Predictive Health Intelligence is proud to announce the release of hepatoSIGHT, a revolutionary data-driven tool that identifies people with undiagnosed liver disease, using historic blood tests. Pilot studies in Somerset NHS Foundation Trust have demonstrated that hepatoSIGHT can quickly and easily find people at risk of developing advanced liver disease, allowing them to be treated far earlier.
“This is a very exciting opportunity to change the way that healthcare is delivered. By finding people earlier in their disease pathway we are making a huge difference to their lives and the NHS. At a time of intense pressure such as this, using technology that empowers clinicians to get ahead is critical. At Somerset Foundation Trust we’re proud to be leading the field alongside our partners at Predictive Health Intelligence.” said Prof. Daniel Meron, DM FRCPsych MBA, Chief Medical Officer Somerset NHS FT & Yeovil District Hospital NHS Foundation Trust.
hepatoSIGHT was developed in partnership with public and patients with the needs of the NHS in mind, and is designed to help doctors proactively find people with liver disease before it progresses. With its intuitive interface and powerful capabilities, hepatoSIGHT delivers the ‘power of data’ to frontline healthcare teams. It is easily customizable to go beyond liver disease making it a solution allowing Integrated Care Boards to deliver a tailored approach to population health interventions.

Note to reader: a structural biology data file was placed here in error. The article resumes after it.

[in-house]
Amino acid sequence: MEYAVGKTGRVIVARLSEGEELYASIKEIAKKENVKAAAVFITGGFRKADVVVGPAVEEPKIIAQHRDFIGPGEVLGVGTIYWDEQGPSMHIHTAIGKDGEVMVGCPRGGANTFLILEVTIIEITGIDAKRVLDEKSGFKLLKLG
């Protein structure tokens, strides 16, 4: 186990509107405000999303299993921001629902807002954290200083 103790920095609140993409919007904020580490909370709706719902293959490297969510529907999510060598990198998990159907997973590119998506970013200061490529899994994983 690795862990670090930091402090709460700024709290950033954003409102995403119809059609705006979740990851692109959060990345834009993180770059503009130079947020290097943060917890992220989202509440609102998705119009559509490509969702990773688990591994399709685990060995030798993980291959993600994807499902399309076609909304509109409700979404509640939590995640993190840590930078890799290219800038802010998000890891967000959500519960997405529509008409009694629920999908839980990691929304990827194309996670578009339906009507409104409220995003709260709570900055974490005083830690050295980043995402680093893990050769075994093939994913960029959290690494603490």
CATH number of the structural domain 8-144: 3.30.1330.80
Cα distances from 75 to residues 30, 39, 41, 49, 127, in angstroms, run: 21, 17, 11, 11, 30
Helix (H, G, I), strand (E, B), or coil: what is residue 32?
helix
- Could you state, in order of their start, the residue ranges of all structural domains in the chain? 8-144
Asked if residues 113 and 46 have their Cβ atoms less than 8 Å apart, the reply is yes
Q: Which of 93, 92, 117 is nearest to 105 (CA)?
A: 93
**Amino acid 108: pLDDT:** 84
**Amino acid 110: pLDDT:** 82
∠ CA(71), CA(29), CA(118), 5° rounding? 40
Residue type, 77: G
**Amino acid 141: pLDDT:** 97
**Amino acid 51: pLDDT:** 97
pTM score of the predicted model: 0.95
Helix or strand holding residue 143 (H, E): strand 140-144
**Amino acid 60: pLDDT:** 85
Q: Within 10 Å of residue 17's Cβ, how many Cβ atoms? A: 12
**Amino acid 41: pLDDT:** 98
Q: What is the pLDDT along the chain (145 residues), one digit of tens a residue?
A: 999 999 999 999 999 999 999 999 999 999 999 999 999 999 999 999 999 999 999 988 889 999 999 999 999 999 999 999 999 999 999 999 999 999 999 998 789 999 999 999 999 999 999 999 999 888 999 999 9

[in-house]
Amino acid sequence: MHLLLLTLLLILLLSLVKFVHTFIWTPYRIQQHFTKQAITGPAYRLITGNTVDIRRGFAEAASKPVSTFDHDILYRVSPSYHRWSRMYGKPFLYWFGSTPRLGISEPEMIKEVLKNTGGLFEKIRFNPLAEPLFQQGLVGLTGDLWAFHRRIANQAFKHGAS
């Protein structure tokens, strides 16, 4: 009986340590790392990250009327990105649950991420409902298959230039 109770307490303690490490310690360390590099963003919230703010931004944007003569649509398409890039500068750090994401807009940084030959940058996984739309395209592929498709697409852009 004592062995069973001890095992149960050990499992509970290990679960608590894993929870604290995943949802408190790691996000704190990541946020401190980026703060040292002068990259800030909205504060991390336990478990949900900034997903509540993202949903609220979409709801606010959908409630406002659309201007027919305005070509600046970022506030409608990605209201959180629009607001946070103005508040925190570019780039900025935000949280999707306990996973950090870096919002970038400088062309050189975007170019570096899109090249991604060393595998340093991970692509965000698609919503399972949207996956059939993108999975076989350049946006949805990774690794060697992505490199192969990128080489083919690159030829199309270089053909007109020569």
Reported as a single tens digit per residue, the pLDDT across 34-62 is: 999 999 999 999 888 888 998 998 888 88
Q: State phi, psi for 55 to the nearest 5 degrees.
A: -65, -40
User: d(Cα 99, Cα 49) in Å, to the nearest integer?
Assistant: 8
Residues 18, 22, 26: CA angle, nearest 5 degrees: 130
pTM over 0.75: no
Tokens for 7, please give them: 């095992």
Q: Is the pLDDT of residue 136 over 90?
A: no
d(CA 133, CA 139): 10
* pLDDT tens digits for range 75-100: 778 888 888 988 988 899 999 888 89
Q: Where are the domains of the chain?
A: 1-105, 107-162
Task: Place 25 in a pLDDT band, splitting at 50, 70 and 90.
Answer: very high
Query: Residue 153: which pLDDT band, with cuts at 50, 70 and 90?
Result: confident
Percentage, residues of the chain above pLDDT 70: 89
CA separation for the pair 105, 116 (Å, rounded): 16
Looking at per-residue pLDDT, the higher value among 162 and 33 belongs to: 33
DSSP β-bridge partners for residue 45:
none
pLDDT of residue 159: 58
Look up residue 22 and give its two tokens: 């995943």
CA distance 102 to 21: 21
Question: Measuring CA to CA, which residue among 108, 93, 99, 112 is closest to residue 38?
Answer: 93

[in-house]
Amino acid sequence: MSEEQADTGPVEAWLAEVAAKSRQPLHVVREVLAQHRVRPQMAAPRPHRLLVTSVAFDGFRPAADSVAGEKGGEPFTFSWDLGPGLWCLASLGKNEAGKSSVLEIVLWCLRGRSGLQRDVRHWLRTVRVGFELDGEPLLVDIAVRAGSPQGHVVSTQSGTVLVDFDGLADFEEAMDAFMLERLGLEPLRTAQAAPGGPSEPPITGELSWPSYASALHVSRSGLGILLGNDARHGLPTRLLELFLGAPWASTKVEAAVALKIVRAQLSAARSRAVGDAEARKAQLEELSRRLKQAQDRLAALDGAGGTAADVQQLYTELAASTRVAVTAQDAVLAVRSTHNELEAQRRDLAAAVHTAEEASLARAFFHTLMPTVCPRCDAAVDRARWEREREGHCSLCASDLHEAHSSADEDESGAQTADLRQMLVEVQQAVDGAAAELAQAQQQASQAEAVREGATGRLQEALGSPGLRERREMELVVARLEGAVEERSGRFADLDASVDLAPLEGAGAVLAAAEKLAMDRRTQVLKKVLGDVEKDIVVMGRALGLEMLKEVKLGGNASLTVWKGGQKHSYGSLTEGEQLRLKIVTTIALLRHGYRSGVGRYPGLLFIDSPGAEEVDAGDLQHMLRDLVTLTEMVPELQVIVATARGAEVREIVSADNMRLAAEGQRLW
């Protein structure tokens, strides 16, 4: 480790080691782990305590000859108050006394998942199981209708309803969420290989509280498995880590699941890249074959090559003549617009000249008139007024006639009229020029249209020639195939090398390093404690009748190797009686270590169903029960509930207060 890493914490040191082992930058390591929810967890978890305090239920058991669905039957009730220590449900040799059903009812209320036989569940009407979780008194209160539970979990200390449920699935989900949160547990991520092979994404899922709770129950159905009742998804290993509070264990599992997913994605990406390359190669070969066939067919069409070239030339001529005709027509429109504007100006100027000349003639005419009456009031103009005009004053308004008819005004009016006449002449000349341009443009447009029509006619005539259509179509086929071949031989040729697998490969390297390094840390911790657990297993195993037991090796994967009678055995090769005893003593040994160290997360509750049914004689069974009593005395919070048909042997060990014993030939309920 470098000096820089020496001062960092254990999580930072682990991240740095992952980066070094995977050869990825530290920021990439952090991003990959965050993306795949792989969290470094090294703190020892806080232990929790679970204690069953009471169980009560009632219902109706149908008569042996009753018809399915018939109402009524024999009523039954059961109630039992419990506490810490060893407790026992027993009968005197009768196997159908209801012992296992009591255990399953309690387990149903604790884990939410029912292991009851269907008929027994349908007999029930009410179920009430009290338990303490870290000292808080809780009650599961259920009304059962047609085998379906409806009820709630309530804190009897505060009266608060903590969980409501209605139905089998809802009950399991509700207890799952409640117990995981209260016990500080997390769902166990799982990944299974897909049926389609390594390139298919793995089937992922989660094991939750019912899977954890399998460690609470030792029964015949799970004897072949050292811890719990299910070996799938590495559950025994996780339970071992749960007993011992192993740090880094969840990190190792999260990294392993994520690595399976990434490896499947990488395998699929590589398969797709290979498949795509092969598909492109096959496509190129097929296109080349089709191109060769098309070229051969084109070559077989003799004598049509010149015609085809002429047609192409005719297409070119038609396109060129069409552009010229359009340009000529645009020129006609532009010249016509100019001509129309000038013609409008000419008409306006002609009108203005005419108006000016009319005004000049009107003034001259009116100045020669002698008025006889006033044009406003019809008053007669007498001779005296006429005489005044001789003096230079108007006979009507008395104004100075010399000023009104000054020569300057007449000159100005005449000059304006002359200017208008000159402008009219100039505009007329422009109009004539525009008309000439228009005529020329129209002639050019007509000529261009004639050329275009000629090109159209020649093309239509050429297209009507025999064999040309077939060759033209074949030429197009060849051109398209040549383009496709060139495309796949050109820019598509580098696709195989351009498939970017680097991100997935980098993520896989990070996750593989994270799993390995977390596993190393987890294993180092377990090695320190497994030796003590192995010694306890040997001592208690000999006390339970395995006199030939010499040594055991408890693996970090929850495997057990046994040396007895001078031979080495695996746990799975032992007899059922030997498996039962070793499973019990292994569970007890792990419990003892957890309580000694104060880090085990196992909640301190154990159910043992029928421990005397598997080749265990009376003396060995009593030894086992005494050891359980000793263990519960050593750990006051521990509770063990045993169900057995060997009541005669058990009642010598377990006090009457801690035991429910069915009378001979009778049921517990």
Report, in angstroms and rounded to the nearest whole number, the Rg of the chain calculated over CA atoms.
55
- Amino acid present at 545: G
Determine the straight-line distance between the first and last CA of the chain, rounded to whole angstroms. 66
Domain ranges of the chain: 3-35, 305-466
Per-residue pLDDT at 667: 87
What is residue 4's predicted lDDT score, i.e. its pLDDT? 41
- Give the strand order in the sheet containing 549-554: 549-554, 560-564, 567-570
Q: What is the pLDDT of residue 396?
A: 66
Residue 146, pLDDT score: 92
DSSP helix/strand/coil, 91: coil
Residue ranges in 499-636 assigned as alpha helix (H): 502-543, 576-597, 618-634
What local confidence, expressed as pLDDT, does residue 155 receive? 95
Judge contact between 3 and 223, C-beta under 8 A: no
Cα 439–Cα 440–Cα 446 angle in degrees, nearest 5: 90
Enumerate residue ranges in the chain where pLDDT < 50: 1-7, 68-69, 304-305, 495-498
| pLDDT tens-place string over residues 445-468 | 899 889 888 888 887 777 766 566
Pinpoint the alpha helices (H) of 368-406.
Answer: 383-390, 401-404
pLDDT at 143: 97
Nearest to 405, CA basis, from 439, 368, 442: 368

“Following a comprehensive research and development programme in Somerset we’re excited to introduce hepatoSIGHT to the market,” said Neil Stevens, Managing Director, Predictive Health Intelligence. “Our team has worked hard to create a product, in conjunction with our technology partner Stalis, that is not only easy to use but also addresses the specific needs of the NHS. We are confident it will have a significant impact on the health of the nation and we look forward to its adoption.”
One patient who took part in the pilot said “I love this project as it is proactive and finds people who might not be ill now but can have some help and to make sure they don’t become ill in the future.”